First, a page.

The difference between yesterday's match and the Reds game is the difference between 'ooh' and 'aah'. The central feature of the Lions' display was their lines and in this regard some of the Welsh three-quarters, Halfpenny and Davies in particular, looked very good – soft hands, subtlety and a broader range of vision than you would have given them heretofore. Up front the salad dodgers played with control and were in command in some of the more carnivorous exchanges at the breakdown. It was an authentic performance from the pack and the Lions can be proud of a display which was levels higher than last week. Flattery is OK unless you inhale and it is important that the Lions remain grounded while retaining an air of confidence.
Warren Gatland's job has been made an awful lot easier on the strength of some of the events that took place yesterday in Sydney. If we were certain about how much trouble Healy was in when he twisted his ankle in Perth, we can be sure too that Jamie Roberts' tour might have come to a premature end. Those in-your-face camera angles told you that a central plank in the Lions' offensive strategy will have to change. We're not sure about Manu Tuilagi's physical conditioning or how badly injured his shoulder is, but if he is fit to start against the Brumbies he gets a chance to play for a Test spot.
Gatland's gameplan revolves around getting over the gain line off huge one-off runners – Roberts does it eight times in a game and does it really well and he looked good off Sexton's promptings in the first half. He is gone now and there may have to be a fundamental reappraisal of the Lions midfield.
Jonathan Davies has been excellent in everything he has done, an understated catalyst and somebody who reminds me a little bit of Conrad Smith and the role he plays for the All Blacks at inside centre. He does the simple things brilliantly, very rarely makes mistakes and has a great chance to play in the first Test with Brian O'Driscoll, but it just might not suit what the Lions are trying to do and that could be a major issue in terms of how the Lions attack. We await medical reports, even those on O'Driscoll.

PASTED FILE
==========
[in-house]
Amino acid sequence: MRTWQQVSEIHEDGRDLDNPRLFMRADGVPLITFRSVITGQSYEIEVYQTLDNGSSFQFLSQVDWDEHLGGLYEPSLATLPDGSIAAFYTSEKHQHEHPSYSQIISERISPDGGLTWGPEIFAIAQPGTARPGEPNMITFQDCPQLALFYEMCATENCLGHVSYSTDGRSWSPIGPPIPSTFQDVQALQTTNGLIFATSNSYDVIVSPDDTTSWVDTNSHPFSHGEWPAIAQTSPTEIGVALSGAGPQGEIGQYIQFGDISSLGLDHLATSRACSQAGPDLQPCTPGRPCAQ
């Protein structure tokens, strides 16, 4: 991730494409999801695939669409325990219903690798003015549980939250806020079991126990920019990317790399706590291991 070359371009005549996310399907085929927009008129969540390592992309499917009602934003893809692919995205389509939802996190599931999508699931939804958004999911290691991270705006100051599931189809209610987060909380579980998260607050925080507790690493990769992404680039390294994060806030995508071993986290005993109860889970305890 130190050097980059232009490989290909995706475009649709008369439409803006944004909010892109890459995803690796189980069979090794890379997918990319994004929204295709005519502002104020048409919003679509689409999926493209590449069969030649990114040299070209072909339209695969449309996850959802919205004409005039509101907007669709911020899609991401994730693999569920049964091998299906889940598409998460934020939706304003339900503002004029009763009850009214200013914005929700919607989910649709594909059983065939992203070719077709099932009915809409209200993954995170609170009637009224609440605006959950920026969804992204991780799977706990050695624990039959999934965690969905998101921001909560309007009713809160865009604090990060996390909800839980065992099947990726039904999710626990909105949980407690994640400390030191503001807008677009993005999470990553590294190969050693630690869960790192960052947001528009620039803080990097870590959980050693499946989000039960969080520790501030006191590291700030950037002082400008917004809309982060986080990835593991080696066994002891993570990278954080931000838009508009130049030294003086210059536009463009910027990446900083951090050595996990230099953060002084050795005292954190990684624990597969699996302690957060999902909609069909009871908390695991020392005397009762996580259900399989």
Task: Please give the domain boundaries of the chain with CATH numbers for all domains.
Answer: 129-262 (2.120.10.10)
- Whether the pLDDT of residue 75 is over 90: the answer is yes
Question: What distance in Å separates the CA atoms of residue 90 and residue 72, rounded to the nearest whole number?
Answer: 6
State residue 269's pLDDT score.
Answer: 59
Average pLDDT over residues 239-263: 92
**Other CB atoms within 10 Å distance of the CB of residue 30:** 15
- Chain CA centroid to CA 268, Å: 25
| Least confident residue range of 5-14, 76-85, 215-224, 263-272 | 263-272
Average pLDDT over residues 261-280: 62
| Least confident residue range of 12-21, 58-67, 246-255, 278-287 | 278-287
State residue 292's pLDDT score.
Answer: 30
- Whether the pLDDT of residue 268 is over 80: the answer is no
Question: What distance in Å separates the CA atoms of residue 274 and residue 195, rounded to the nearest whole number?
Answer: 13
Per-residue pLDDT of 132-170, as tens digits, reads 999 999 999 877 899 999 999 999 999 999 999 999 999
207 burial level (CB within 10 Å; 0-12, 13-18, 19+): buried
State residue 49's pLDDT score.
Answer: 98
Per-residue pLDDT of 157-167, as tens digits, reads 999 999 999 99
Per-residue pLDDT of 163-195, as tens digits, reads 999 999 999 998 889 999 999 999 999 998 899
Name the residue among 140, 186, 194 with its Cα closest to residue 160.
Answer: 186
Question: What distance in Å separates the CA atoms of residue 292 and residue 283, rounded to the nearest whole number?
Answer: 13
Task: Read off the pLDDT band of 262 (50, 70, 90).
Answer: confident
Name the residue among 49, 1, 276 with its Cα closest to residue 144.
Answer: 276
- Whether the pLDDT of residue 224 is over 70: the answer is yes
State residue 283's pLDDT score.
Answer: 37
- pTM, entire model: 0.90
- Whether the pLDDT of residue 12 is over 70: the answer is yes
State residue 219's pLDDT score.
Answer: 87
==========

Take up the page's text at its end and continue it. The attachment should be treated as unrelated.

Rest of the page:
Even in a 30-point victory, some of the Lions players played themselves out of Test selection. Sean Maitland on the wing was awful defensively and never took part in any of the Lions' better forays, lacking conviction when on the ball. There will be no Scotsman-Kiwi in the Test side.
Jamie Heaslip had a shockingly ordinary game for a player who knew the rewards for a big performance. It wasn't that he lacked industry but he just seemed to be off the pace and was very ineffectual in his attempt to tackle Tom Carter on the line for the Waratahs' second try.
Tom Youngs looks to have played himself into the Test side with what was an assured if not virtuoso lineout performance. Ten very effective tackles and some very good lines and support running in the loose – he may well be the bolter. Alun Wyn Jones and Paul O'Connell as a unit were also forceful and commanding but will need to step up against far superior opposition next week.
One of the things Gatland will be relieved about is that his captain not only came through a very long 80 minutes where he was never far from the ball, he was always close as an auxiliary runner and managed three turnovers and a significant number of slowdowns at ruck time. He will be just right for the first Test.
I fancy the Brumbies to turn the Lions over in Canberra on Tuesday and we wait to see whether the Lions, who have had it easy at tight, will be able to either control the pace or deal with the pace next Saturday in Brisbane.